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Battle for Damascus Begins

But the Syrian civil war is far from over.

by
Jonathan Spyer

Bio

December 12, 2012 - 3:36 pm

Events in Syria are moving rapidly forward.  The first moves of the battle for the capital, Damascus, have begun. Rebel units are targeting the regime’s military  facilities in the city’s environs.

The Free Syrian Army, according to regional news reports, is already claiming to be in control of most of the air defense facilities in Damascus Governate. An FSA spokesman told the Sharq al Awsat newspaper on Thursday that the latest base to be besieged by the rebels is the Aqraba helicopter facility, situated between Damascus International Airport and Damascus city itself.

Once Aqraba falls, the spokesman said, the next target will be the Saida Zeinab military airport, used by the dictator’s helicopter gunships.

Fighting is also taking place in the eastern suburbs of the city. The regime is shelling pro-insurgent Sunni neighborhoods on the edge of Damascus. The suburbs of Jaramana, Saqba, Irbeen, and Zamalka are receiving the attention of Assad’s artillery, according to the respected Syrian Human Rights Observatory.

The rapid decline in the regime’s fortunes derives from a shortage of loyal manpower available which has been notable for some months. This, combined with the growing sophistication of the rebels’ weaponry, has led to the very serious setbacks which it suffered in November, and which have now brought the rebels to the gates of Damascus.

But there is still a long way to go.

The Syrian regime has by now surely abandoned any hope that it can re-conquer the large swathes of the country held by the rebels. There are no signs, however, that it is preparing to concede the fight.  It is also not accurate to say that its forces are in a state of complete disarray or headlong flight, or that it is without options.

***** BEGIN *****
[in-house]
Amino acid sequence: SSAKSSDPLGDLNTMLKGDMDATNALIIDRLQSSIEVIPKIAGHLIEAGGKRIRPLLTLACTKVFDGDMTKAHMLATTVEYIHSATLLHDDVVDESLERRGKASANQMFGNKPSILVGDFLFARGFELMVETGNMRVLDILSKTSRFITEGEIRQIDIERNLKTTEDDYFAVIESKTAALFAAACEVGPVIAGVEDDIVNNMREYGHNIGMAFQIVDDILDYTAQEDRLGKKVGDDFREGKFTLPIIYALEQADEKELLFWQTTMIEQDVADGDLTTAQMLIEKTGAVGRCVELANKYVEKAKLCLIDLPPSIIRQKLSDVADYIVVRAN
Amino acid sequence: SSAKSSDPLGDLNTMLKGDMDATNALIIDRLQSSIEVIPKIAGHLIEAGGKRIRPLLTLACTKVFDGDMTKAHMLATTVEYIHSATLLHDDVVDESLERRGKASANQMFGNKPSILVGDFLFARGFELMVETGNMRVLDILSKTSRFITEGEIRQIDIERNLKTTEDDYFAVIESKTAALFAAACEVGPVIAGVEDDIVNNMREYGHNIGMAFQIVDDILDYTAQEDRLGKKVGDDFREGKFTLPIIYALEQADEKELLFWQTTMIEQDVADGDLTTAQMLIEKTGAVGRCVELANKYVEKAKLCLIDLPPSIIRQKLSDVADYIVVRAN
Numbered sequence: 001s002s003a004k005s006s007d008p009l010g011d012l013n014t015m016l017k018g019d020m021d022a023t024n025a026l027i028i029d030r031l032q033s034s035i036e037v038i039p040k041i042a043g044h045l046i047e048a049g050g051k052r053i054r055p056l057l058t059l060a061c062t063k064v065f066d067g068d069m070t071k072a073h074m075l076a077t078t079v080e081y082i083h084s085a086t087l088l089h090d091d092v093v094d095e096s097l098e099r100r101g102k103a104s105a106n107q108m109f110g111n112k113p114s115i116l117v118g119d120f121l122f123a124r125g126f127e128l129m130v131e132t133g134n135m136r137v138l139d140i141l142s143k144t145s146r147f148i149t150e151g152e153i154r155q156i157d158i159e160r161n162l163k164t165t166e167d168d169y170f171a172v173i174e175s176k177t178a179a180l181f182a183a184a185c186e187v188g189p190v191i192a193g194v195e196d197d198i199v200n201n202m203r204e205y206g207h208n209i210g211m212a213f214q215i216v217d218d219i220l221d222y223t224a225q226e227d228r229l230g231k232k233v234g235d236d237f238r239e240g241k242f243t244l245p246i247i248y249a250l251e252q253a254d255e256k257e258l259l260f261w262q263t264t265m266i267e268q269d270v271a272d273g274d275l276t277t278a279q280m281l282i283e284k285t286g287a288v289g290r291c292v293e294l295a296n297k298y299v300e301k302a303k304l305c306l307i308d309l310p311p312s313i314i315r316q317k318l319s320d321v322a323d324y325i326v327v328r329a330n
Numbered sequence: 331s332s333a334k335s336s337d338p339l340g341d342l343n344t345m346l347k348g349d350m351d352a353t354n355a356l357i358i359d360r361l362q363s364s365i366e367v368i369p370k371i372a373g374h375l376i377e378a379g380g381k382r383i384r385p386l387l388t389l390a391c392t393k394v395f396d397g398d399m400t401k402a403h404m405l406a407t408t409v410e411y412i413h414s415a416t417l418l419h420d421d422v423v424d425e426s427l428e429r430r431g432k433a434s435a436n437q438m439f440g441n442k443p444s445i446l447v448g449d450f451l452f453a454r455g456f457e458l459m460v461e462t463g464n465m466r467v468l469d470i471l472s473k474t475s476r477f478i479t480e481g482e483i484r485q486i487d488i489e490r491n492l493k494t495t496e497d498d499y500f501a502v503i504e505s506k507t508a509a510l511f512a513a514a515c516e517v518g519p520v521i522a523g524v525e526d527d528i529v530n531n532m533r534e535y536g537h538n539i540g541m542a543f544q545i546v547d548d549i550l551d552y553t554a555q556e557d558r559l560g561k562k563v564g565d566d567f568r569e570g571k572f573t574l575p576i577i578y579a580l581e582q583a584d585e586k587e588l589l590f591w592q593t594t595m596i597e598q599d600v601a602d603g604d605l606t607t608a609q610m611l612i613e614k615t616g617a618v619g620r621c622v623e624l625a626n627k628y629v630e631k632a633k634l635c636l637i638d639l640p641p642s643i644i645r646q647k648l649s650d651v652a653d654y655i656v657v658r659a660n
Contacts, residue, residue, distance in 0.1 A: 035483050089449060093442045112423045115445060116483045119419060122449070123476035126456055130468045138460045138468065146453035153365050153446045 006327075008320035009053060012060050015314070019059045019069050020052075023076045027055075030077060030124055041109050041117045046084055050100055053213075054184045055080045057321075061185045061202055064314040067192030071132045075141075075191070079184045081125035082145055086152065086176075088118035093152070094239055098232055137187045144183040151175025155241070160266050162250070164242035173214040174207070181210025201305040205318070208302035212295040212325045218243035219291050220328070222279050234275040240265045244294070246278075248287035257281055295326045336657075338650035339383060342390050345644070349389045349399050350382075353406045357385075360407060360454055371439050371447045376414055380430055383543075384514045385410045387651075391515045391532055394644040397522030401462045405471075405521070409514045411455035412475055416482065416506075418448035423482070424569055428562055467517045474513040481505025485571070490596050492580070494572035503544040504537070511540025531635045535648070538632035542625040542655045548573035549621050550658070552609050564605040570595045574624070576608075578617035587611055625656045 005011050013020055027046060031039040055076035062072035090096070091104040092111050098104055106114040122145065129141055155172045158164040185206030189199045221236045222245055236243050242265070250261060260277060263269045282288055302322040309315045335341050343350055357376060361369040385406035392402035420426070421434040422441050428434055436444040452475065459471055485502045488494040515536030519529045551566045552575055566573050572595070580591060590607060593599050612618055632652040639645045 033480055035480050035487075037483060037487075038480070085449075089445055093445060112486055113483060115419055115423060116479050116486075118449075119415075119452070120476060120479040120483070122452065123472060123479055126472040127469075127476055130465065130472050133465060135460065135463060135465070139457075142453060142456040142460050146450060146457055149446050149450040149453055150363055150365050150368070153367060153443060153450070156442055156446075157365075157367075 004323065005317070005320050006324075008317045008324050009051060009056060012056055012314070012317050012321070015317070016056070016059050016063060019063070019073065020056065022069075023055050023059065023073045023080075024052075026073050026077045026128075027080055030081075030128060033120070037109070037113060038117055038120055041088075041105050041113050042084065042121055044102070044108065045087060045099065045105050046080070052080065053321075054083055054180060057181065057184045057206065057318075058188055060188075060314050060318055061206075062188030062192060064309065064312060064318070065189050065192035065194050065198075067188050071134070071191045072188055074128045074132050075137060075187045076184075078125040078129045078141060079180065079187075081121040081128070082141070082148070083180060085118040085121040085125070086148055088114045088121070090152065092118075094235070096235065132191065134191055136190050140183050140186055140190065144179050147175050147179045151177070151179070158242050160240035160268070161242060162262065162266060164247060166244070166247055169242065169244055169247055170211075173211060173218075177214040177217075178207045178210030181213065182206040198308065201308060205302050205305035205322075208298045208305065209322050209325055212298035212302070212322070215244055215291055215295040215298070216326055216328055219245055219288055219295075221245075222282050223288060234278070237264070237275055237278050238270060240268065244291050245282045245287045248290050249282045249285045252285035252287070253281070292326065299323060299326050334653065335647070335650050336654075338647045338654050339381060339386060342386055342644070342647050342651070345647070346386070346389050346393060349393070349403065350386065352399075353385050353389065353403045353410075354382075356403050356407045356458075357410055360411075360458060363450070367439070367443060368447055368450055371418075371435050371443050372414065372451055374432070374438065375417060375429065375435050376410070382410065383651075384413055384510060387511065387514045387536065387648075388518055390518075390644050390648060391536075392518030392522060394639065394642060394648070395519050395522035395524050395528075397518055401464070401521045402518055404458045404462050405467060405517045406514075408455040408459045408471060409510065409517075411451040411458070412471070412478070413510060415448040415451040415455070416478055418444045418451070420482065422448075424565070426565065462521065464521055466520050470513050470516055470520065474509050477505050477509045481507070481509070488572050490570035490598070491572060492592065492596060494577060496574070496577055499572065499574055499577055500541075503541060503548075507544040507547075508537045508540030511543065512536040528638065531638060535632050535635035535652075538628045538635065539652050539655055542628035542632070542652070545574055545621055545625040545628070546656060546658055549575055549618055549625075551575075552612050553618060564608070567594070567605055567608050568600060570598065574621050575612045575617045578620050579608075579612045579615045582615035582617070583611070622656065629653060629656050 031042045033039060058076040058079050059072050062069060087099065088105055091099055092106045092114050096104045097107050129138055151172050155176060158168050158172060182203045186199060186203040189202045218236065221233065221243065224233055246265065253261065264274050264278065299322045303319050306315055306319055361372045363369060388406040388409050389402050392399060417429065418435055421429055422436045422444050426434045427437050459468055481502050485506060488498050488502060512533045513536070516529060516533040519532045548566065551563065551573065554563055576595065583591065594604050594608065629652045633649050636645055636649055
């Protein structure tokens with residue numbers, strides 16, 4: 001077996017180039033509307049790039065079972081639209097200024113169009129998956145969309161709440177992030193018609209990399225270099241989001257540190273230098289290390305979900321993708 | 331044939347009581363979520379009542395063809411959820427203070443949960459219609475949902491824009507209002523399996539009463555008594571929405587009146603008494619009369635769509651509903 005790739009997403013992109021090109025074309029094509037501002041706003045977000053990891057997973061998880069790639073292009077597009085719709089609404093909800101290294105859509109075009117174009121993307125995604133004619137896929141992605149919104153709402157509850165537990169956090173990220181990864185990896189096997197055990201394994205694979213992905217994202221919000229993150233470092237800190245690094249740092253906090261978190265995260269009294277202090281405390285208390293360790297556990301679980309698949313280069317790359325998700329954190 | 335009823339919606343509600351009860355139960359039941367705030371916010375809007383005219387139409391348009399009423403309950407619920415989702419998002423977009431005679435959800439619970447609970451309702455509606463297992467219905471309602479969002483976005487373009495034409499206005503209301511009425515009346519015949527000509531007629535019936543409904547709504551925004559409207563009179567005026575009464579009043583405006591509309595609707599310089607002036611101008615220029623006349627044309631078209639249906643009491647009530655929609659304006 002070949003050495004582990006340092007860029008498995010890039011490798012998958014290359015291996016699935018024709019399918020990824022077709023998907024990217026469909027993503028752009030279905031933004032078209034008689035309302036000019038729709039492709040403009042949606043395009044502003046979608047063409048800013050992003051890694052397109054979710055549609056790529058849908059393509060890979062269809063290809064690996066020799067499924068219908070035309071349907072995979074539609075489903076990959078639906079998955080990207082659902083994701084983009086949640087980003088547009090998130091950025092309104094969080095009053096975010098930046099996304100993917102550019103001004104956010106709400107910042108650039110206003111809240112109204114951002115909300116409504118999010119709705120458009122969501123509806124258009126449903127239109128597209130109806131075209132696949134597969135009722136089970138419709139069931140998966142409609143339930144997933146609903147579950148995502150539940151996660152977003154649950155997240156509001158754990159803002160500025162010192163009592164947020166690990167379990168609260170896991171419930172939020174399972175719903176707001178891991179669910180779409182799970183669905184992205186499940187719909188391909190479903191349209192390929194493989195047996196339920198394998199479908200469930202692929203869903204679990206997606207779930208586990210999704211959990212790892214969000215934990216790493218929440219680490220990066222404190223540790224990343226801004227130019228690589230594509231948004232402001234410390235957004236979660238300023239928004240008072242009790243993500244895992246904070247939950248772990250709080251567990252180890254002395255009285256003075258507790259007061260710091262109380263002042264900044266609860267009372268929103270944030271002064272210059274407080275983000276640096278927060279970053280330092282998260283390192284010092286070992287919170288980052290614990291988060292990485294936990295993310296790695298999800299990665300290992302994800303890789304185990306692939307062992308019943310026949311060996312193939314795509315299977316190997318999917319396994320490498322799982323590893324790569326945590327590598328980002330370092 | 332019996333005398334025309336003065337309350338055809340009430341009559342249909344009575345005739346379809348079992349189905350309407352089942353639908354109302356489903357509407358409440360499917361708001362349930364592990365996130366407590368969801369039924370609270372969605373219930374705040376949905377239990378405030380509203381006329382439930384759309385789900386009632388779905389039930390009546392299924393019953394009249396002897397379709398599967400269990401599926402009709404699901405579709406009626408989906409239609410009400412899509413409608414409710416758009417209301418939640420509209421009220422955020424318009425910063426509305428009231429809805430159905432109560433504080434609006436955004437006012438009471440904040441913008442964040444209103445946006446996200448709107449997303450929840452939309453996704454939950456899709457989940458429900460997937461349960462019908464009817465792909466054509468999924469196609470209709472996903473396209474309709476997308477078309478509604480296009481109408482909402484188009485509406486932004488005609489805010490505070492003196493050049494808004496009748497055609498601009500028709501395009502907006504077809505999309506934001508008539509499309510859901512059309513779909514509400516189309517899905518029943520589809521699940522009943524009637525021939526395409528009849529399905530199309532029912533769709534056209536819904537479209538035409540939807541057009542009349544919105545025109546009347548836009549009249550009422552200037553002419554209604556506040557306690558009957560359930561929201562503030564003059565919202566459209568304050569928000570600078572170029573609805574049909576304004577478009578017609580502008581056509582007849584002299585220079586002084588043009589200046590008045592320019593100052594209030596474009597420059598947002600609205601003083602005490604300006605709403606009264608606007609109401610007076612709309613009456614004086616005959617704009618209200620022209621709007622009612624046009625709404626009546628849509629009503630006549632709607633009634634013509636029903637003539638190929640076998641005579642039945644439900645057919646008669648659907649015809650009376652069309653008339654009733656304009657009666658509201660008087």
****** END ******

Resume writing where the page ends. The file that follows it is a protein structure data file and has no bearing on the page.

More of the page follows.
The core units that the regime requires to continue the fight remain intact. The overwhelmingly Alawi 4th Armored Division and the Republican Guard, both commanded by the president’s brother Maher Assad, are operative, as are the Special Forces. The regime, of course, still has the advantage in the air, and retains its heavy artillery capability.  The insurgency has yet to complete the successful conquest of any of the main urban centers of Syria.

The 4th Armored Division is currently engaged in the battle to prevent the rebels from penetrating the capital beyond the eastern suburbs, which the insurgents already control.  Assad’s army understands that it must, at all costs, and maintain this security perimeter around the east of the city.

The regime troops must also keep the road to the airport open, in order to maintain Assad’s links to the outside world.

With much of the north and east of Syria now in the hands of the insurgency, Assad has strengthened his defenses in the largely Alawi western coastal region.  His troops are maintaining a defensive line at the eastern edge of this region, along the Orontes River Valley, west of the largely Sunni cities of Homs and Hama.  This line must be maintained, in order to keep open the link between Damascus and the emergent Alawi enclave in the west.